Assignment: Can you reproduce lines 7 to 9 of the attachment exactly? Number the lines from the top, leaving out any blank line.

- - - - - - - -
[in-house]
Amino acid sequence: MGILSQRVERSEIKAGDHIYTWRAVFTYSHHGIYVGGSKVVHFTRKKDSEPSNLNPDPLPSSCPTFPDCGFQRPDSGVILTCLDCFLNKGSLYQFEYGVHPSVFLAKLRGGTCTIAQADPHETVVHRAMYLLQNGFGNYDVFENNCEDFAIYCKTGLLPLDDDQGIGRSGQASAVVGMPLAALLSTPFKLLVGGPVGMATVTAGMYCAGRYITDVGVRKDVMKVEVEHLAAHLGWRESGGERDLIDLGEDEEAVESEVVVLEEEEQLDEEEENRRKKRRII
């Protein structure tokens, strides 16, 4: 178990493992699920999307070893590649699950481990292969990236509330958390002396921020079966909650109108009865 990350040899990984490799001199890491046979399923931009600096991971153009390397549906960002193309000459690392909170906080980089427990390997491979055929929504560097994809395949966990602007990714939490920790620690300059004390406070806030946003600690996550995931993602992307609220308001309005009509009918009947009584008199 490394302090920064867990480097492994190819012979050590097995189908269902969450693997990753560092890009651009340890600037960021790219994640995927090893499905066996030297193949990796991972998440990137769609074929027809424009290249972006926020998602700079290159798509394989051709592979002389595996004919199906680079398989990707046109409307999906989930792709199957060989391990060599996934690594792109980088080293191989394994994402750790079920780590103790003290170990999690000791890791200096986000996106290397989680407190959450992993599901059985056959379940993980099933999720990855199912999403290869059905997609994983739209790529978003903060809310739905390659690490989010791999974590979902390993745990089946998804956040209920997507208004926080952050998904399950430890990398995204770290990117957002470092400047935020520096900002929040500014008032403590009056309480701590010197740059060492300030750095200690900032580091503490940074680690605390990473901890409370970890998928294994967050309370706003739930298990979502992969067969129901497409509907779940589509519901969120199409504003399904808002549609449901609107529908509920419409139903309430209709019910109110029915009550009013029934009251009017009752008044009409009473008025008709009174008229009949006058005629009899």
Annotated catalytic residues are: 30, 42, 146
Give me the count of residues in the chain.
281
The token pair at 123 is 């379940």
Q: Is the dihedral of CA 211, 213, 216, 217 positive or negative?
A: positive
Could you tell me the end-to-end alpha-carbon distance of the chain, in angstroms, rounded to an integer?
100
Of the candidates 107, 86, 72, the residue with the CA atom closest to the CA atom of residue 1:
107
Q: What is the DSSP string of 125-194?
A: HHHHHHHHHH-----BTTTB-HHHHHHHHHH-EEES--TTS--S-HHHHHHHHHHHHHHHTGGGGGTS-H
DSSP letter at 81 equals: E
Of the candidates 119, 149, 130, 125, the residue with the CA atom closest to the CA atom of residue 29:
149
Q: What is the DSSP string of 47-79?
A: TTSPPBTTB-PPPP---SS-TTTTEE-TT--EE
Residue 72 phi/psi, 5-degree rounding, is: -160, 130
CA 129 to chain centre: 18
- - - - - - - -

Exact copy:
The token pair at 123 is 């379940």
Q: Is the dihedral of CA 211, 213, 216, 217 positive or negative?
A: positive